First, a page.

The last few seasons have taken the jumpsuit out of the "most sought after vintage find" category and placed it in "can't wait to see what version my fave Canadian designer will be inspired by this season!". The glorious rise of comfort and simplicity in design makes jumpsuits particularly well-suited to satisfy our sartorial needs. Combining the dressed up feelings of wearing a dress with the ease of pants, the jumpsuit is ruling our world!

Taking a moment to pause on the jumpsuit's history makes it even more interesting to see the nods to the past our designers are making with their jumpsuit designs:
  • In the 1920's, inspired by aviation wear, Coco Chanel named her version the "all in one". No doubt she would have deep appreciation for Noemiah's Samuel.
  • Jumpsuits (or rompers) were once the only swimwear option for women wanting to swim, fish or sail. With their wider and shorter legs they were often called 'Lounging Pyjamas' or 'Beach Pyjamas'. Dagg & Stacey definitely made my lounging dreams come true with the Hill, which is now newly restocked!
  • Originally intended as aviation or race-car driving wear, the jumpsuit easily morphed into workwear. When women took over factory work in massive numbers during WWII they also morphed the workwear to fit their needs, which meant cinched waists and closed wrists and ankles. Oneself's Jade jumpsuit (which is machine washable and now comes in black as well as white!) is similarly functional but stylish.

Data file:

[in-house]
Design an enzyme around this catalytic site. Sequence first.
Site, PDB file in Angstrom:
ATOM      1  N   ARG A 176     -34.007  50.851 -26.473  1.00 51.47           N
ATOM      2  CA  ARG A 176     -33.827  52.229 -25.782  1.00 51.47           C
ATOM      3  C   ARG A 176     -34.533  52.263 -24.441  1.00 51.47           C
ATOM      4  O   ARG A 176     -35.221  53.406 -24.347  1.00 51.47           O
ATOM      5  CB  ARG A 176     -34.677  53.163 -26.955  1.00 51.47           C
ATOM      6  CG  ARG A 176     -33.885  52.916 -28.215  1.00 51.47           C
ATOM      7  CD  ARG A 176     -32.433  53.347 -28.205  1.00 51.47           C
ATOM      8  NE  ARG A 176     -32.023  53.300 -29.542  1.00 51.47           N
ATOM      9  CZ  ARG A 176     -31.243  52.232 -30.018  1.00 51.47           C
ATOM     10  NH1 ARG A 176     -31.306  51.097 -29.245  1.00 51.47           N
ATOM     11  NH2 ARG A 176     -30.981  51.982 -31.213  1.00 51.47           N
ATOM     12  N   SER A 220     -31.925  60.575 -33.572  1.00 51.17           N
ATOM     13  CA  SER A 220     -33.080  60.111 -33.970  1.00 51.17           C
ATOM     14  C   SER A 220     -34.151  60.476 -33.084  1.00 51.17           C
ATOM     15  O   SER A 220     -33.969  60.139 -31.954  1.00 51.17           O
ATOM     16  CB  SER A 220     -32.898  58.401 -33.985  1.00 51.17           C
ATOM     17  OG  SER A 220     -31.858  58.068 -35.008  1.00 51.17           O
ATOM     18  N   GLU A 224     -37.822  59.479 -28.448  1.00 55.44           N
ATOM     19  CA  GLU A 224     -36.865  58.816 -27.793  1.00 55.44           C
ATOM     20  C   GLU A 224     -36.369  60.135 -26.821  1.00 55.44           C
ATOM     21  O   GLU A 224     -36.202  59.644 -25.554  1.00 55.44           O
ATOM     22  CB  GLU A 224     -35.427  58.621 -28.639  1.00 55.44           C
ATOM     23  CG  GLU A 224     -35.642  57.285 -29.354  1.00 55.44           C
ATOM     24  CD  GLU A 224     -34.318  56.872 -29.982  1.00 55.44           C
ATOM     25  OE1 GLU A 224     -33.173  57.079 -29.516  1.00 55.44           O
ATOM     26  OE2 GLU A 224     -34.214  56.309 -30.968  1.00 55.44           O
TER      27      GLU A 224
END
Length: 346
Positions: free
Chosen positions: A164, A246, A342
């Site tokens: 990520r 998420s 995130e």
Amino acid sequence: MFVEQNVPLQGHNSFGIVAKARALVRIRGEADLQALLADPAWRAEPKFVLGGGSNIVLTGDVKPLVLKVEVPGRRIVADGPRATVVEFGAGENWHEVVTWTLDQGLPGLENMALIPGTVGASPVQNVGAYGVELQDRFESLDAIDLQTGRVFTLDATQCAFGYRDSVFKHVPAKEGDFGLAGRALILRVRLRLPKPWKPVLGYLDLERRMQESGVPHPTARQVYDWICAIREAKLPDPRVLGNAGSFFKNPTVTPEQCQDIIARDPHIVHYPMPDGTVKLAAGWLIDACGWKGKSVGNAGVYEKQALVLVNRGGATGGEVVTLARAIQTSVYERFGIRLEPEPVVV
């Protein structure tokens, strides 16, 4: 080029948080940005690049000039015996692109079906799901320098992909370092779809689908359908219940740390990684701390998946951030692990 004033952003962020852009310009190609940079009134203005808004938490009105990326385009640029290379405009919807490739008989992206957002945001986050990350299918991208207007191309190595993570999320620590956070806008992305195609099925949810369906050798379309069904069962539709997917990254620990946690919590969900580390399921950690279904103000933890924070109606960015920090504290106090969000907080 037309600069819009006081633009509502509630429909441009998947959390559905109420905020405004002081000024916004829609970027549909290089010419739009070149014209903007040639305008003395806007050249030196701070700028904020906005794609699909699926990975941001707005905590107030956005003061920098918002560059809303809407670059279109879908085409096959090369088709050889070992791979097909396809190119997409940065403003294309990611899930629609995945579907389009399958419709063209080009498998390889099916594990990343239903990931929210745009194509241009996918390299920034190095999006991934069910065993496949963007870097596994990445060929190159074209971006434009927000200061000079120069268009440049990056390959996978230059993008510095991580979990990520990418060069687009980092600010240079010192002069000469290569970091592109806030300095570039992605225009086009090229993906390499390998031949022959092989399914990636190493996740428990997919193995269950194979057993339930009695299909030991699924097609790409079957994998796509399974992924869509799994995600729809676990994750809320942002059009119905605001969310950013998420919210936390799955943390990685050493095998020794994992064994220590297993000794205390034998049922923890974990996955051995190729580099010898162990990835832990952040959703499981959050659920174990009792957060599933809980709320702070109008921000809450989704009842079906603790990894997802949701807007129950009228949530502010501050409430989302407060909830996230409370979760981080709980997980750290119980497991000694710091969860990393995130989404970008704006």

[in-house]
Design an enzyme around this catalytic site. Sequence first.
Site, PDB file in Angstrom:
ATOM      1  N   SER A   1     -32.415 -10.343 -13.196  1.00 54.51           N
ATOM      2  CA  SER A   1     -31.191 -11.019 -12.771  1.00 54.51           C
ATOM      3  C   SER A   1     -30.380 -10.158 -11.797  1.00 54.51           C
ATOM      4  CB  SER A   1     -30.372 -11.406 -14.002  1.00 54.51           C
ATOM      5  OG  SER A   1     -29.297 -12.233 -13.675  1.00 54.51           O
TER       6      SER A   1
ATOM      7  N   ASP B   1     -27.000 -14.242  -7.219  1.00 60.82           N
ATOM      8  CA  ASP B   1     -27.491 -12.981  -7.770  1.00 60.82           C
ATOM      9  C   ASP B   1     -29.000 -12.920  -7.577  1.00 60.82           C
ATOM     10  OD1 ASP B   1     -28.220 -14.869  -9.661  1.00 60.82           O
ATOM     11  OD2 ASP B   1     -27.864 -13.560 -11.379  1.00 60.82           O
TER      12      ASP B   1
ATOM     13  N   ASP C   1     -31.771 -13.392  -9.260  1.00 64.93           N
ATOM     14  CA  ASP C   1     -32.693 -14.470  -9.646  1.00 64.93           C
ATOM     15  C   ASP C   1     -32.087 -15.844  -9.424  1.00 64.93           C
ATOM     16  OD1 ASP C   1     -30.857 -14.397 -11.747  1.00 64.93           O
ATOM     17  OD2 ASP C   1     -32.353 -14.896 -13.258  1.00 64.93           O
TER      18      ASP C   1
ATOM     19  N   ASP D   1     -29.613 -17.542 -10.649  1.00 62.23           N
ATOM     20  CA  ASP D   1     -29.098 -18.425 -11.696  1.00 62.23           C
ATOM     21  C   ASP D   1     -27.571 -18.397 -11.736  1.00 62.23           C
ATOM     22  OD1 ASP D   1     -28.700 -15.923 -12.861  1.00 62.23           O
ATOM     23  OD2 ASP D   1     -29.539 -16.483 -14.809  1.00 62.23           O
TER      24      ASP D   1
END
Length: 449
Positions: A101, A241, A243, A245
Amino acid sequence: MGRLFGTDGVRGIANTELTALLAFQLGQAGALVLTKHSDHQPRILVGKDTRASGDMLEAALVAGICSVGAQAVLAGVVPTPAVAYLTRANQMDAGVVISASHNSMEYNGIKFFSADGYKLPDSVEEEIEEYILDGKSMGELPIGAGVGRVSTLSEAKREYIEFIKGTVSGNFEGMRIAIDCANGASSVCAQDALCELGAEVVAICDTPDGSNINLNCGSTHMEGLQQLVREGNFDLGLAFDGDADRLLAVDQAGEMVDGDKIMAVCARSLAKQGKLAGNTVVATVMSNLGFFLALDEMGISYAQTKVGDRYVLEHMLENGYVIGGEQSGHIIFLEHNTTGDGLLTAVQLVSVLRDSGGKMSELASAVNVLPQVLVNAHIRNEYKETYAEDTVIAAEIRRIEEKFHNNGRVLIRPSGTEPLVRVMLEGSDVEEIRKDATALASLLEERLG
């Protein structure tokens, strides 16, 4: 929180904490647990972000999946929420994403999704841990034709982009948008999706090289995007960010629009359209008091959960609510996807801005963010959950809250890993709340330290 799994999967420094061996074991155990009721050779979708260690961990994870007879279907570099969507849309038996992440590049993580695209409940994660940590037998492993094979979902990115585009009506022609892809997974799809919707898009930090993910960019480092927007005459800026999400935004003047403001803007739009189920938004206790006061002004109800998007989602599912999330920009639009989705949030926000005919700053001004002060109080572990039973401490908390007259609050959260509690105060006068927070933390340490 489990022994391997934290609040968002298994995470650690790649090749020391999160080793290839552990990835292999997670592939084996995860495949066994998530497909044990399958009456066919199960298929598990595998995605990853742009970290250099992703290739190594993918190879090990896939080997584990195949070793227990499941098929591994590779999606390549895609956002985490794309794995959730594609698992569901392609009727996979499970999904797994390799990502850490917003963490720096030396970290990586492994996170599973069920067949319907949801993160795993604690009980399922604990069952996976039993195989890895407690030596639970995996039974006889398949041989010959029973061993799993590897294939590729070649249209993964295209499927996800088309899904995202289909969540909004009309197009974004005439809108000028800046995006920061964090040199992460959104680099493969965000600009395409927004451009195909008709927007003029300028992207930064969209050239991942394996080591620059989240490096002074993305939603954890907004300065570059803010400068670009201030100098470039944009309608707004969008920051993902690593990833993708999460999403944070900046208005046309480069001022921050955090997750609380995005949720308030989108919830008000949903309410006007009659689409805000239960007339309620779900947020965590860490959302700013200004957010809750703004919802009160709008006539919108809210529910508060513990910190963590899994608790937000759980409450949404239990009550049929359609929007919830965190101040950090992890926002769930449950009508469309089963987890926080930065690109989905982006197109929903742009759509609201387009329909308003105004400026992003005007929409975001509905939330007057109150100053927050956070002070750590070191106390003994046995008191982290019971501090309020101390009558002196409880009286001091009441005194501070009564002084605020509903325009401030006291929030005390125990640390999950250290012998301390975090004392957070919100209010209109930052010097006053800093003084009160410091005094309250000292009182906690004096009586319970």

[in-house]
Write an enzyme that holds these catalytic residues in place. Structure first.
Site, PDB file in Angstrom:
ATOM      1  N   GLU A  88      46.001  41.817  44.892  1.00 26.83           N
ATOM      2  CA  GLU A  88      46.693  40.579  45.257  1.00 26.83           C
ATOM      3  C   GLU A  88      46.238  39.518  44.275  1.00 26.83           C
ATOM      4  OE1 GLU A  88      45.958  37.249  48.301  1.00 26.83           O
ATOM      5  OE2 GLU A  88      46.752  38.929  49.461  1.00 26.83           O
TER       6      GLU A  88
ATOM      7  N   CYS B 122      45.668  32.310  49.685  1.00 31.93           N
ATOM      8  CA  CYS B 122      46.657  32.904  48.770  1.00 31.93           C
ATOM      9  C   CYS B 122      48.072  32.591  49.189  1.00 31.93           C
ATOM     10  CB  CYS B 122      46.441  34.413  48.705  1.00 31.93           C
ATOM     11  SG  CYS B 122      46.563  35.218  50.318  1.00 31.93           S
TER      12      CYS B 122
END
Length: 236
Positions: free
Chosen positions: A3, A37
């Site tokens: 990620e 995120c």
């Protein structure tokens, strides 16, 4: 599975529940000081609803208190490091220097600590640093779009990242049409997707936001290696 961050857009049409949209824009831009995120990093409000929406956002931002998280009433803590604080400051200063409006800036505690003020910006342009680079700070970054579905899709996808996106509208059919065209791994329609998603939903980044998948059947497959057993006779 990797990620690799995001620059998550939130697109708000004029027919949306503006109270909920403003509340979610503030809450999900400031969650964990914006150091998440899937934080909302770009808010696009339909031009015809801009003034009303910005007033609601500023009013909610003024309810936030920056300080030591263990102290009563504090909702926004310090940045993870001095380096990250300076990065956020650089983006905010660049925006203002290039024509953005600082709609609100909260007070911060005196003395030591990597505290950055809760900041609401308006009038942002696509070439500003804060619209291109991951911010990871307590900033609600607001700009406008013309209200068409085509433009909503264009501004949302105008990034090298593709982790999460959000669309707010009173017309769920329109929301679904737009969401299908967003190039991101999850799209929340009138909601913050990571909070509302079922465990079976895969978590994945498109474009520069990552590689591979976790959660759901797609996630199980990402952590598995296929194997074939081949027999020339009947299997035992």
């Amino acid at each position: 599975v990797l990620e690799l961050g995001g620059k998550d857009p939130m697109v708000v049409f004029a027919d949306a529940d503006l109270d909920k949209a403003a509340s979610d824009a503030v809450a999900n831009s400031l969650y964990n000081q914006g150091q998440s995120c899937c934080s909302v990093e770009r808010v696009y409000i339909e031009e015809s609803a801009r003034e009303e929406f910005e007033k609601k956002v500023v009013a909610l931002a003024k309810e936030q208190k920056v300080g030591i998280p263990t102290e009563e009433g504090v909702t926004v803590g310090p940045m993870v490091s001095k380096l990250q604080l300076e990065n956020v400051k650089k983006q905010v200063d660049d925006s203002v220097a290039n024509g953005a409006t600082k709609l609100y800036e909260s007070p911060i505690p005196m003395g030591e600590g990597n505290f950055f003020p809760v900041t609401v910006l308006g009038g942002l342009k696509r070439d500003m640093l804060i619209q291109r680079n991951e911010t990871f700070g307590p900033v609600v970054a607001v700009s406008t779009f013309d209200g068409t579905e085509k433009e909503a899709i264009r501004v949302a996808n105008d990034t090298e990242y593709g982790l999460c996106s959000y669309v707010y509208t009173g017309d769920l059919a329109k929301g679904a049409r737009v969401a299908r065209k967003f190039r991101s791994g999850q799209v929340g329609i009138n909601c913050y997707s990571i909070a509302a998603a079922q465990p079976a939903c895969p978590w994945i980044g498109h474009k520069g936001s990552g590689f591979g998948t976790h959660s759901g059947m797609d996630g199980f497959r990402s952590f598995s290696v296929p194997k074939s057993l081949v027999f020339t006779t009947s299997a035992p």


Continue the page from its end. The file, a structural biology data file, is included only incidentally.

• Probably most emblematic in all our minds is the disco era, with the era's most glamorous women busting out new moves on the dance floor in killer jumpsuits.  From Eve Gravel's Island Life to Birds of North America's Sparrow, on the dance floor may be the jumpsuit's true home!
Did I skip over any important iterations of the jumpsuit from the past? Oh yes I did. Jane Fonda's lycra-era jumpsuit as workout wear definitely has a place in all our minds, but thankfully not our closets - for now anyways!
June 12, 2017 — Ainslie Lahey